Title: Into This River I Drown
Author: TJ Klune
Narrator: Matt Baca
Publisher: Dreamspinner Press
Run Time: 18 hours and 49 minutes
Category: Contemporary, Paranormal, Mystery
At a Glance: As amazed as I was by the story, I was equally in awe of the narration. Matt Baca was FANTASTIC.
Reviewed By: Jules
Blurb: Five years ago, Benji Green lost his beloved father, Big Eddie, when his truck crashed into a river. Everyone called it an accident, but Benji knows it was more. Even years later, he’s buried in his grief, throwing himself into managing Big Eddie’s convenience store in the small-town of Roseland, Oregon. Surrounded by his mother and three aunts, he lives day to day, struggling to keep his head above water.
But Roseland is no ordinary place.
With ever more frequent dreams of his father’s death and waking visions of feathers on the river’s surface, Benji finds his definition of reality bending. He thinks himself haunted; by ghosts or memories, he can no longer tell. Not until a man falls from the sky, leaving the burning imprint of wings on the ground, does Benji begin to understand that the world is more mysterious than he ever imagined—and more dangerous. As uncontrollable forces descend on Roseland, they reveal long-hidden truths about friends, family, and the stranger Calliel—a man Benji can no longer live without.
Review: It is going to be extremely difficult to put into words how amazed I was by this story. I honestly wasn’t sure what to expect going in. Based on the blurb, I knew that it was going to be on the darker side—darker than other books I’ve read by Klune—and that it had a paranormal aspect. I didn’t know that it was going to be romance, mystery, suspense, and paranormal all rolled into one. Or, that it would be so incredibly gorgeous. Into This River I Drown was everything I hoped it would be and then some. Which shouldn’t be surprising at all given that it’s a TJ Klune novel, and that it won the Lambda Literary Award for Best Gay Romance in 2014.
Benji is not in a great place when we meet him. Consumed by grief for the past five years after losing his dad, we can see that he’s not really living but merely existing. He tried a short stint at college—because his mother made him go—but otherwise is content just running his dad’s convenience store, and getting by. Benji is unable to let go of his belief that Big Eddie’s accident was not an accident at all, but instead was some type of foul play. He goes through the daily motions of running the store and keeping up appearances for the sake of his mom and aunts, but he can’t stop obsessing over the police reports and photos, or from going to mile marker seventy-seven, where his father’s truck went into the river.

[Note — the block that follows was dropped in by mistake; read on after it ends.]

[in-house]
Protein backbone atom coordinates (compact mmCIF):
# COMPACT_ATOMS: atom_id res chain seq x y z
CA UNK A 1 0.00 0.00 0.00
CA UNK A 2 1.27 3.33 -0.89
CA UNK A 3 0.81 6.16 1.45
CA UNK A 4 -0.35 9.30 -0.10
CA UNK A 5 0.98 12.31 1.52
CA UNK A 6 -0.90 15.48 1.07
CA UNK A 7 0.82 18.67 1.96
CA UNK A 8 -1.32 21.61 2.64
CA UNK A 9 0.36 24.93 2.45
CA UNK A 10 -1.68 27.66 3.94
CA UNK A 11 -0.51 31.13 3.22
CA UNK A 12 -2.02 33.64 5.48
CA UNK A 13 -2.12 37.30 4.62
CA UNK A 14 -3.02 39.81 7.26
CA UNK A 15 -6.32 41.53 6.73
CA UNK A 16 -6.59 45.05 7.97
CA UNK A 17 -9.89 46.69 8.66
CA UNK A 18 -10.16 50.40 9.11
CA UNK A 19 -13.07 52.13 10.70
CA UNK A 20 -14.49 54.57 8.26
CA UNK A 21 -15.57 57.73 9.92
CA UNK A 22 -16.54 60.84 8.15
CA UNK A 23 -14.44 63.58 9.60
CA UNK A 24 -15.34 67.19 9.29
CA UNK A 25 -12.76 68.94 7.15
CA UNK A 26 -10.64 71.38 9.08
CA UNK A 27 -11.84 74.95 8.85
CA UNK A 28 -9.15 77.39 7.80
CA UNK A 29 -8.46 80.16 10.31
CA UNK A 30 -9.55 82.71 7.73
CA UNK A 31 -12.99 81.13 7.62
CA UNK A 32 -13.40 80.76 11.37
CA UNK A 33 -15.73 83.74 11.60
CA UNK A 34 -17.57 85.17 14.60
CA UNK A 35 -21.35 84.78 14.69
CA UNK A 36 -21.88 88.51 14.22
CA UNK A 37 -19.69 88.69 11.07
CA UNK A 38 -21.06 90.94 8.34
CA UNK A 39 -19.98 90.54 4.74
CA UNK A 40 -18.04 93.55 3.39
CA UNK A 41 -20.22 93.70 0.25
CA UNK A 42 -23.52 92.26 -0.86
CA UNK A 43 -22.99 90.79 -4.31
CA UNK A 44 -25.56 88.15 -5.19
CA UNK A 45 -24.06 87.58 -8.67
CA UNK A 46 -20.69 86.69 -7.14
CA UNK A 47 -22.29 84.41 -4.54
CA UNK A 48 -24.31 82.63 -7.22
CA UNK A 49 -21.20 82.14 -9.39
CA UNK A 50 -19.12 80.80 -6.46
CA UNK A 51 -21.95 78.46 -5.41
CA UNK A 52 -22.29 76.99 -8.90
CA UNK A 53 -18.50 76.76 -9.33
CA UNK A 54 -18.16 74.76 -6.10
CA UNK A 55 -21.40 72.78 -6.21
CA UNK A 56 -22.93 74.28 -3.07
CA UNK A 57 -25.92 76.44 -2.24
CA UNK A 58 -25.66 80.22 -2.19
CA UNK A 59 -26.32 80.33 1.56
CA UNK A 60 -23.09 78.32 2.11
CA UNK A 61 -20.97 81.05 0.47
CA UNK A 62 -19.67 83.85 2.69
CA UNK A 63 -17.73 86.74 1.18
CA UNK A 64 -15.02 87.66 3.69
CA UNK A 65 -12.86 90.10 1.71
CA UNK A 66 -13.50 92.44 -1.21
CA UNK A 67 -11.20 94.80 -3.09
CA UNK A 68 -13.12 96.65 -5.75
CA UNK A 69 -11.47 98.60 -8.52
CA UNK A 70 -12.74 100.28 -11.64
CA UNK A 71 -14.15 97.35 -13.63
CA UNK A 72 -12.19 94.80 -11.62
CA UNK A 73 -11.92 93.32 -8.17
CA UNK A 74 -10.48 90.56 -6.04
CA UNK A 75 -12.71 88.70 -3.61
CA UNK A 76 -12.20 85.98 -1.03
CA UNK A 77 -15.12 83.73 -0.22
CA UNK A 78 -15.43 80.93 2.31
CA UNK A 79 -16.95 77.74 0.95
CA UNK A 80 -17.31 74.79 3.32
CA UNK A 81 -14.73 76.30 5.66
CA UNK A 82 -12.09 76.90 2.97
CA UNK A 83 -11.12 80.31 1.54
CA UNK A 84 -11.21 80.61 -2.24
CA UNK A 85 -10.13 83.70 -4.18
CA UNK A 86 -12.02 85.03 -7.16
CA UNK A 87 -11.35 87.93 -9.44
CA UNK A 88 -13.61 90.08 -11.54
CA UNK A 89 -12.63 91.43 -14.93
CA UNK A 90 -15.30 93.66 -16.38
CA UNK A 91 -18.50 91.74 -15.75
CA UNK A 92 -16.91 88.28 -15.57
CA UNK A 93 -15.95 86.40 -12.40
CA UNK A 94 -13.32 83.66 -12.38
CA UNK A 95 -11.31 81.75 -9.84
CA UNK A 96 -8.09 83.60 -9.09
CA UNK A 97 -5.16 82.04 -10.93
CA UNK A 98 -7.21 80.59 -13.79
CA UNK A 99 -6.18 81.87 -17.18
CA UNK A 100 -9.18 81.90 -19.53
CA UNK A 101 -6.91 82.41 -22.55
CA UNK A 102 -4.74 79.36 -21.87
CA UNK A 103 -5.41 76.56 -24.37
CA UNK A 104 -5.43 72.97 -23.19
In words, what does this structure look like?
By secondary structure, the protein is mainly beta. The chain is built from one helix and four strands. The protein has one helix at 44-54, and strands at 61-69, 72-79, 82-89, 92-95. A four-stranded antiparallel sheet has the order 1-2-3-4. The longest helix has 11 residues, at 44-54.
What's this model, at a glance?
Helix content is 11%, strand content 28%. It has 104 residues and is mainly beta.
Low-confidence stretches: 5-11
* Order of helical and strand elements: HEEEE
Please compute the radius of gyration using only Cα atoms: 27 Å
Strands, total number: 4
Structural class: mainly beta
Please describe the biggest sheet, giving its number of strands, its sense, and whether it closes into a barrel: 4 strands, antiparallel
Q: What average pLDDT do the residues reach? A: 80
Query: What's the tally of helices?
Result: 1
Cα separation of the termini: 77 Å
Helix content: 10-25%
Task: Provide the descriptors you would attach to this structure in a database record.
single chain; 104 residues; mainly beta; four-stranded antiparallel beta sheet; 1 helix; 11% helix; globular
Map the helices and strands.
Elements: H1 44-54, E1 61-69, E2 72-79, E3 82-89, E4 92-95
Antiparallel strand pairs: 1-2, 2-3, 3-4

I can honestly say, without a doubt, that I have never read a book where the love between a father and a son was more beautifully portrayed, or that both filled and broke my heart so readily. The scenes between Benji and his father were written as memories, obviously, but they were some of the most real and vibrant moments in the book. Big Eddie was, according to Benji, “the greatest man who ever lived.” And, going by the way Klune wrote him, I’d have to say I agree. I mean, he says stuff like this to his son. All the time.
“Because there is no one such as you in the world, and you belong to me, I’ll believe in you always because you are my son. You are going to be strong and brave, and one day, you’re going to be a great man and you will stand for what you believe in. I have faith that you will stand and be true.”
And, Benji’s love for his dad was so pure and touching. Benji would have done anything for his father. Including doing whatever he had to do to get to the bottom of what really happened the day Big Eddie died.
I also can’t say enough about Calliel, or Cal, as Benji calls him. I don’t want to go into any detail about where Cal came from, or how he came to be in Roseland, for fear of spoiling the story for anyone who hasn’t read it—but Cal was probably my favorite character in the book. He was such a bright light, and so needed, both by Benji and the townspeople of Roseland. I loved, loved, loved, Calliel.
I mentioned that this book was a romance, a mystery/suspense novel, and a paranormal story all rolled into one. Every piece is beautifully written and masterfully woven together. The romance was like none that I’ve read before; the mystery was terrifying and heart-pounding at times, and had an unbelievable twist, but it was the paranormal element that had me in awe for the entirety of the book. It was imaginative, thought-provoking, and gutsy. I loved every bit of it.
All the characters were remarkable, some for their good traits and some for the bad, but the river was really the star of the story. The Umpqua river, the place where Big Eddie drowned, keeps drawing Benji back to its banks—typically in his dreams—over and over again. The question is, will Benji succumb to his overwhelming grief and let the river carry him away?
As amazed as I was by the story, I was equally in awe of the narration. Matt Baca was FANTASTIC. I’m sad that he no longer appears to be doing audiobooks, because his talent is undeniable. His voice characterizations and his performance were spot-on. I loved the way he did the inner monologue bits. And, he even sang! It was such a kickass performance. I would listen to this audio again; it was so, so good.
You can buy Into This River I Drown here: